Mighty Scottish Highland castle lived in by one clan for 800 years starts to crumble
For one of Scotland’s most prominent clans, Dunvegan Castle has been both a place of home and a place of safety since it emerged on a rocky outcrop overlooking the western seaboard in the 13th century.
But now, the fortress, which is surrounded on three sides by water and is whipped relentlessly by the weather rolling off the Atlantic, is starting to feel its age.
Parts of Dunvegan’s mighty rampart wall are now eroding away and the bedrock on which the castle stands is also deteriorating. A public path around the base of the castle has been closed due to the risk of rockfall.
Meanwhile, damage has also been recorded at the castle’s Fairy Tower, built in the 15th century by the eighth chief Alasdair Crotach – the Hunchback – after a deal of allegiance was struck with James IV.
Permission has now been granted to MacLeod Estate to repair and fortify the ancient structure, make it safe and restore parts of the site which have disappeared as successive clan chiefs sought to make their mark on the castle – the only one in the Highlands held by the same family throughout its lifetime.
As work gets underway, the MacLeod motto has been deployed. A castle spokesman said the repairs would allow “safe visitor access around the castle’s entire base, and to ensure Dunvegan continues to ‘Hold Fast’ to its rock for another 800 years”.
The work at Duvegan is the latest phase in repair and restoration of the castle undertaken by the 30th chief of MacLeod, Hugh, who inherited the estate in 2008 and who splits his time between London and the castle.
The latest round of work includes bringing back the “hidden” General’s Staircase, which was built sometime during the 1600s and served as the main entry point to the castle before the land bridge was built. A report from structural engineers said: “There have been recent rockfall events and failure of parts of the rampart wall.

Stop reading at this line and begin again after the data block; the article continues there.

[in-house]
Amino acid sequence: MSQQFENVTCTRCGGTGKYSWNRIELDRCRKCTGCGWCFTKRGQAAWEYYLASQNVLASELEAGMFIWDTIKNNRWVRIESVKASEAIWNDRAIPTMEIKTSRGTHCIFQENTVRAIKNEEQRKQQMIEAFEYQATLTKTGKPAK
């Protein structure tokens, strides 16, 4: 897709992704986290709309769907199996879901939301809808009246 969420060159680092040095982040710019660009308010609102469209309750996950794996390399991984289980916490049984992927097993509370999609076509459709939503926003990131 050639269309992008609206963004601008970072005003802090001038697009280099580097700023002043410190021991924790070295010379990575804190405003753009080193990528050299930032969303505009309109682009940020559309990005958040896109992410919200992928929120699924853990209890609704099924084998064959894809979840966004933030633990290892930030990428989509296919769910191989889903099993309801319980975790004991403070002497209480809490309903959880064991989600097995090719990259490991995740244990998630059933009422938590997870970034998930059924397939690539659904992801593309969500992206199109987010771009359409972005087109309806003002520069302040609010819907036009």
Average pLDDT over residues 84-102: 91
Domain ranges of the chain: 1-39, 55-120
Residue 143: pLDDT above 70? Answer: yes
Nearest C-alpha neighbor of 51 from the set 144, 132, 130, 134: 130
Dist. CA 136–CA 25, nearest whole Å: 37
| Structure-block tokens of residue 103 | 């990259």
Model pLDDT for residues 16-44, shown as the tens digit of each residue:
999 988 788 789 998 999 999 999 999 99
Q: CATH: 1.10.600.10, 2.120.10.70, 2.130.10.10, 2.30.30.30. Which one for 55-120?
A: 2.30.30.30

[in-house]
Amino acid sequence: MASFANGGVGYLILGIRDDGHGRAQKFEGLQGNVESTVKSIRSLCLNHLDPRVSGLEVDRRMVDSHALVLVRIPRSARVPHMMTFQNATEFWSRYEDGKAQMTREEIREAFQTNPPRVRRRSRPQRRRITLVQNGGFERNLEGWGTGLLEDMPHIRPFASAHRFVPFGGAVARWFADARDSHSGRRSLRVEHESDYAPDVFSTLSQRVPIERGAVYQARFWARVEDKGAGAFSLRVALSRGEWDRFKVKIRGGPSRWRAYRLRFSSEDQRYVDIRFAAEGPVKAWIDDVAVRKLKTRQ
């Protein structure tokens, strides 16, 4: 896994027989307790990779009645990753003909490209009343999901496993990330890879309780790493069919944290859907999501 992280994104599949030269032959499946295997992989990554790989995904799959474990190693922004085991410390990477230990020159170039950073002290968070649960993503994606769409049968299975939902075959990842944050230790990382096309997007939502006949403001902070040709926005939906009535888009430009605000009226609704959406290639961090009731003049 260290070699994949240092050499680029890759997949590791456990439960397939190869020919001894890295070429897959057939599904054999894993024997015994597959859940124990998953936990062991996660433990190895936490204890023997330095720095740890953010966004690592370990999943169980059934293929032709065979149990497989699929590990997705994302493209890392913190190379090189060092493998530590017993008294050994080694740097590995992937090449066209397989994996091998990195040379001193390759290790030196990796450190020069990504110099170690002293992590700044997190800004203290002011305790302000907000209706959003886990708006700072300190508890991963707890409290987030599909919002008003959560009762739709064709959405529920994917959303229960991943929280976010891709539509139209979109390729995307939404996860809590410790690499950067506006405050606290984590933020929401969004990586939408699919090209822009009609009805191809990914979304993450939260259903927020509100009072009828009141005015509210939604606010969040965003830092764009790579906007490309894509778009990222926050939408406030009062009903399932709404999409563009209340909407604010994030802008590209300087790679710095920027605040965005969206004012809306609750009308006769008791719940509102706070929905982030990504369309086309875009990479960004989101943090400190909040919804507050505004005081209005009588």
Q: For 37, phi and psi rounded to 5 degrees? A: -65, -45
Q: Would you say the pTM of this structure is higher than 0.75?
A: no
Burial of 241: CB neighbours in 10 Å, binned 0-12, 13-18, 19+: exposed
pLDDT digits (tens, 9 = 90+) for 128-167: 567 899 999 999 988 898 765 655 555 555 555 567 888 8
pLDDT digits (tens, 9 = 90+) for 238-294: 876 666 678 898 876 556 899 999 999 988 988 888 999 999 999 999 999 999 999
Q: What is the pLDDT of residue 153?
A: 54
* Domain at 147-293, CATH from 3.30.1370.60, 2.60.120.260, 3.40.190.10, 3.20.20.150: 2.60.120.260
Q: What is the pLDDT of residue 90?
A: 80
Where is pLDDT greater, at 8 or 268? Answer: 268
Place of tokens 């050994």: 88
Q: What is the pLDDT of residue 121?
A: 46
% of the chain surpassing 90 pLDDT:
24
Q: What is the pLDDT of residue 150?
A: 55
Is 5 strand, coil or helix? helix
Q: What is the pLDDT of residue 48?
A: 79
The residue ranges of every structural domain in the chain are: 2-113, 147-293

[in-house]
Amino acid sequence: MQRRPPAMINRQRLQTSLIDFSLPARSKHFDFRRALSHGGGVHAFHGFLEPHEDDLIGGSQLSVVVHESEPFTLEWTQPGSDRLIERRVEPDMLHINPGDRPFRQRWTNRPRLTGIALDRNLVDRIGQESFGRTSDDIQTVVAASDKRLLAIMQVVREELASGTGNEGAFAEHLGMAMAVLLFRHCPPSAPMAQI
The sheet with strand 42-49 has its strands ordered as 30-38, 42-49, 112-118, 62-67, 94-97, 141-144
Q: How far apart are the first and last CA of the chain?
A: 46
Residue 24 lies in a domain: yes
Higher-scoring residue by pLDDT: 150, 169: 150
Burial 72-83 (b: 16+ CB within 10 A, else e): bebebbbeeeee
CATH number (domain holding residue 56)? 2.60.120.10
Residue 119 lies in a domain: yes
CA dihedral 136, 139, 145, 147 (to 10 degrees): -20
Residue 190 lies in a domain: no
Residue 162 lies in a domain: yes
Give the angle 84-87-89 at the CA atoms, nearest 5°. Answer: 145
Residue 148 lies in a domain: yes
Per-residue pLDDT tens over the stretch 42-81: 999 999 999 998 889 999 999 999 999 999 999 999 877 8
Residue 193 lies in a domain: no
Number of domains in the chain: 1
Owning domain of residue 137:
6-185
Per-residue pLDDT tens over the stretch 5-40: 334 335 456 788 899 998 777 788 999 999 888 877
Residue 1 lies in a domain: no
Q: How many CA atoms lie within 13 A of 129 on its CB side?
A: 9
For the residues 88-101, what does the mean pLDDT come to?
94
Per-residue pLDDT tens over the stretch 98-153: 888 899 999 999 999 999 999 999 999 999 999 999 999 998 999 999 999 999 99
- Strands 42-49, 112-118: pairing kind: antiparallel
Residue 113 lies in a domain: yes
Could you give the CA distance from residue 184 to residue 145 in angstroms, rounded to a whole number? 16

“Various areas of the rampart walls to the west elevations have exposed wall heads due to deterioration of masonry through weathering, resulting in localised collapsed. The wall heads are exposed to the environment and are allowing significant amounts of water to penetrate the rampart wall rubble core interior.
"This has\is causing significant deterioration of the rampart wall structure. This structure is supporting the main castle walls to this area.”
A “significant void” has been found under the south side of the Fairy Tower, which has caused a crack to appear.
The Fairy Tower was added by the eighth chief, who responded to a call by James IV to draw the chieftains of the west closer towards his power. As a result, he received royal confirmation of his ancestral holdings across Harris and Skye in 1498 and, in return, promised three ships in the service of the king. Two years later, the Fairy Tower was added to the castle complex, possibly to display his new status and boost the architectural merit of Dunvegan.
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